The four, who were apparently cousins from several different parts of the country including Texas and New Jersey vacationing in Bandon, told Sterling they would pay for the damage to the kayaks.
I’m sure that’s a small price to pay for their harrowing experience, and the good fortune that they are still alive.
* * *
Monday was such a beautiful day here, and as I sat at an outdoor table in Old Town sipping a latte, listening to harp music and watching crowds of people enjoy themselves, I couldn’t help but think back to the early ‘80s when the City got the HUD grant to upgrade the buildings and infrastructure in Old Town.
Many of us in city government at that time envisioned just what I saw Monday … people walking around in the sunshine, sitting at tables and benches, visiting the shops and having a great time.
At least that’s the vision I had.
Now if that weather will just hold for this weekend’s Cranberry Festival, it should be great fun.
* * *
I don’t know the two young women who live next door to me very well but I learned to really appreciate them Friday. I had just played a round of golf and was headed into my driveway when I saw them standing on the bridge … looking very sad. I knew something terrible had happened. It turned out that my very favorite kitty, Shadow, had been hit by a car while crossing the highway, and killed. They picked him up and had put him under a red cloth near my porch, with a note. But they had come over several times hoping to find me … before I found the note and my cat. As luck would have it, we met in the driveway. I was extremely upset and they offered to bury him for me alongside their kitty, and I was so thankful for their kindness. I simply could not have done it.
I have never known my cat to cross the highway, but I guess it only takes once when you live so near to the road. He would stay on the other side of the bridge every night and watch me water the flowers and he never ventured even out to the sidewalk.
I’m still having a hard time dealing with it, but that’s what happens when you get attached to your pets. But I guess considering the pain that some Bandon families are dealing with right now, I’d best put it into perspective and take care of my other two kitties.
As I See It
by Mary Schamehorn
September 02, 2009
I used to think I knew how to grow flowers … until Saturday when I went on the garden tour and saw some extremely beautiful gardens, which definitely put mine to shame. The tour was a benefit for Good Earth, Bandon’s community garden, and Buck Rogers (the sparkplug behind the garden) said the response exceeded their wildest dreams. This was my first ever garden tour, and I definitely won’t miss the next one.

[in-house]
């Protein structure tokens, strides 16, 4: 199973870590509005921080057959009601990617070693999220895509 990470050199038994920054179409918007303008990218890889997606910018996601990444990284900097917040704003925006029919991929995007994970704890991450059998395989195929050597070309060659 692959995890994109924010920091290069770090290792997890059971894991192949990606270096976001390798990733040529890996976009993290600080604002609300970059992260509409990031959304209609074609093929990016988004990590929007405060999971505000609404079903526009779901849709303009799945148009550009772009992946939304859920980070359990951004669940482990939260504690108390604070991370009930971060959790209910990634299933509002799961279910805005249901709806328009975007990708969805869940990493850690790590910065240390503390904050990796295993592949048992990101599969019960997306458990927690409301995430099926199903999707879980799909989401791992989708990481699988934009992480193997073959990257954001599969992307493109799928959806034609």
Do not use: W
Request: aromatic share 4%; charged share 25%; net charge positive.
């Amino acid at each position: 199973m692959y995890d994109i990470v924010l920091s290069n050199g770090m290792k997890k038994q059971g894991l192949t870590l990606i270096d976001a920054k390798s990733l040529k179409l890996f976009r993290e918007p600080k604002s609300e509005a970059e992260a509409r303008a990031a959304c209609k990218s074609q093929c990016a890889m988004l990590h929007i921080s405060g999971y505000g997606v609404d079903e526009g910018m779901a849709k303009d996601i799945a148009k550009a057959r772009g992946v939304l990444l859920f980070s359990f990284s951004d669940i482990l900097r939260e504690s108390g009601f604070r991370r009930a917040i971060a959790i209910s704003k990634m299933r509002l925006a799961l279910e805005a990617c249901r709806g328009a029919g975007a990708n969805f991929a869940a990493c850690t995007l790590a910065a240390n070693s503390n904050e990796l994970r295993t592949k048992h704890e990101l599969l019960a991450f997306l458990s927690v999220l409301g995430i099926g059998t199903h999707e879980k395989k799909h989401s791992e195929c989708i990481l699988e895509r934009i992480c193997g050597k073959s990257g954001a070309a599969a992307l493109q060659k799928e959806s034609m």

You get to go into people’s backyards and see things that you never see just driving by their property. I spent so much time at a couple of the gardens that I didn’t have time to see Stephen Brown’s vegetable garden on Ohio Avenue, but I know it would have been interesting to learn how he controls weeds and grows warm weather crops like corn.
But I did see some corn at Joyce Moore’s garden on 18th Street that must have been eight to 10 feet tall.
Joyce has lived here many years, and I knew that she was a beautician, but I had no idea that she was a master gardener. She has an amazing orchard with pears, apples, peaches, cherries and plums, and she’s mastered the art of grafting. On one apple tree she has four or five different varieties.
Libby and Guy Wyatt’s garden was also a treat, as was Frank Barnekoff’s secret garden near the high school. He showed us what could be grown on the “cooler side of town.” The trip through Buck Rogers’ garden was like something out of a movie. It’s a real work of art, complete with a pond and a marvelous greenhouse. Although I didn’t visit Samme Nuessle’s garden on Klamath, I just toured it a couple of weeks ago and saw the largest strawberries I’ve ever laid eyes on.
But for a true Shangri-la, it was the visit to Patti Curran’s garden, off Highway 101 near the airport, that made you think you were in a beautiful park, surrounded with native plants, lots of unusual and beautiful landscape plants and a vegetable garden. She has an amazing collection of exotic trees, many of which she has planted over the years. She has a large greenhouse, a beautiful deck and lives in a true park-like setting.
I hope the community garden group decides to do this again next year. It is something you won’t want to miss even if you are just an “amateur” gardener, like I am. It was a fun day and a real learning experience.
* * *
One of the best things about the garden tour was meeting a local couple, who have lived here about five years. It seemed each time I chose which garden I was going to visit, there they were. But it wasn’t until we got to Patti Curran’s garden, the last stop on our tour, that we really started talking.